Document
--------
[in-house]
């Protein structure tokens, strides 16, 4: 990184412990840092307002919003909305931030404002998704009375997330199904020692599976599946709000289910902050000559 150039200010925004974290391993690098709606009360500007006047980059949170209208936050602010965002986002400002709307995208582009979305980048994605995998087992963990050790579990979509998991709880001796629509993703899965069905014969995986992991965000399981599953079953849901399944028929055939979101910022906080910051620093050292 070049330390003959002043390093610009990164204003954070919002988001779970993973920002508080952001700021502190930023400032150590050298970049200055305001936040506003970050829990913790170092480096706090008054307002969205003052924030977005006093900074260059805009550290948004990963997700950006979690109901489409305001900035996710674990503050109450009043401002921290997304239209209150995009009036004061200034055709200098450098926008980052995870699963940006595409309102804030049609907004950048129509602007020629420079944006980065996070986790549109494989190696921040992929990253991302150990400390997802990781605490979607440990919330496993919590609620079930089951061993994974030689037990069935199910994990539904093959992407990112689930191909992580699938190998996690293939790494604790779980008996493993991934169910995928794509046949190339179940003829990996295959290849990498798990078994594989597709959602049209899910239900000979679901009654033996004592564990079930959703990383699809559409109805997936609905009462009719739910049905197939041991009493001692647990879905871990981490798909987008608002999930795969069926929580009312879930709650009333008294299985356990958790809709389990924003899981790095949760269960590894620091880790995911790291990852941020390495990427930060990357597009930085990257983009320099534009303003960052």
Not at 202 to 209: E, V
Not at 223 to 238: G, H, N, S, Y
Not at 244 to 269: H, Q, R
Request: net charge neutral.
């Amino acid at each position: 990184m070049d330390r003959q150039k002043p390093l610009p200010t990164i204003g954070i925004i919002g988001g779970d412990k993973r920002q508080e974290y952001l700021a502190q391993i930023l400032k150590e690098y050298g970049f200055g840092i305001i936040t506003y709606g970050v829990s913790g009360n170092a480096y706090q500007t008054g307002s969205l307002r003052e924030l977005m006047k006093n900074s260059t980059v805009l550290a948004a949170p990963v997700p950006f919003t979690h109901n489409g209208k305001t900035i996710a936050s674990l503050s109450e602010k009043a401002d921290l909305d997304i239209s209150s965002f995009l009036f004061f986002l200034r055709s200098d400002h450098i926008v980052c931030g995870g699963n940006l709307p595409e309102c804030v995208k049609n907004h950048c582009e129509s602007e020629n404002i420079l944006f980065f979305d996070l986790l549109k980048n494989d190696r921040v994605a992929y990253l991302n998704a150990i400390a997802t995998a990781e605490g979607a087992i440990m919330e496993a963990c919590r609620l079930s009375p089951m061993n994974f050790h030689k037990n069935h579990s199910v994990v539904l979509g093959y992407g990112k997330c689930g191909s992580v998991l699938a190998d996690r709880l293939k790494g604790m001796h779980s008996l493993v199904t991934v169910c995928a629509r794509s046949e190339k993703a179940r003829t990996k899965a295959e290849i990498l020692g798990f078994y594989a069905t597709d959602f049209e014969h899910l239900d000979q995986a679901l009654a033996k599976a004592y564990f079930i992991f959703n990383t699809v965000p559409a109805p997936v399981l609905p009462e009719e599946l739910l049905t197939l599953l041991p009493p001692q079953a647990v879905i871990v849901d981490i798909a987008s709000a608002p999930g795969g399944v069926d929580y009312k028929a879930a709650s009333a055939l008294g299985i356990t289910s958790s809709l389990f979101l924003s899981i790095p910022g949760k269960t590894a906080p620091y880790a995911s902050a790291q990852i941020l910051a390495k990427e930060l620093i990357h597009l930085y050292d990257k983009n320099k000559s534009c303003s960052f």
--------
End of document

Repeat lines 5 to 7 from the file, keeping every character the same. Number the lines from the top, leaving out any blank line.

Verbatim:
Not at 244 to 269: H, Q, R
Request: net charge neutral.
């Amino acid at each position: 990184m070049d330390r003959q150039k002043p390093l610009p200010t990164i204003g954070i925004i919002g988001g779970d412990k993973r920002q508080e974290y952001l700021a502190q391993i930023l400032k150590e690098y050298g970049f200055g840092i305001i936040t506003y709606g970050v829990s913790g009360n170092a480096y706090q500007t008054g307002s969205l307002r003052e924030l977005m006047k006093n900074s260059t980059v805009l550290a948004a949170p990963v997700p950006f919003t979690h109901n489409g209208k305001t900035i996710a936050s674990l503050s109450e602010k009043a401002d921290l909305d997304i239209s209150s965002f995009l009036f004061f986002l200034r055709s200098d400002h450098i926008v980052c931030g995870g699963n940006l709307p595409e309102c804030v995208k049609n907004h950048c582009e129509s602007e020629n404002i420079l944006f980065f979305d996070l986790l549109k980048n494989d190696r921040v994605a992929y990253l991302n998704a150990i400390a997802t995998a990781e605490g979607a087992i440990m919330e496993a963990c919590r609620l079930s009375p089951m061993n994974f050790h030689k037990n069935h579990s199910v994990v539904l979509g093959y992407g990112k997330c689930g191909s992580v998991l699938a190998d996690r709880l293939k790494g604790m001796h779980s008996l493993v199904t991934v169910c995928a629509r794509s046949e190339k993703a179940r003829t990996k899965a295959e290849i990498l020692g798990f078994y594989a069905t597709d959602f049209e014969h899910l239900d000979q995986a679901l009654a033996k599976a004592y564990f079930i992991f959703n990383t699809v965000p559409a109805p997936v399981l609905p009462e009719e599946l739910l049905t197939l599953l041991p009493p001692q079953a647990v879905i871990v849901d981490i798909a987008s709000a608002p999930g795969g399944v069926d929580y009312k028929a879930a709650s009333a055939l008294g299985i356990t289910s958790s809709l389990f979101l924003s899981i790095p910022g949760k269960t590894a906080p620091y880790a995911s902050a790291q990852i941020l910051a390495k990427e930060l620093i990357h597009l930085y050292d990257k983009n320099k000559s534009c303003s960052f």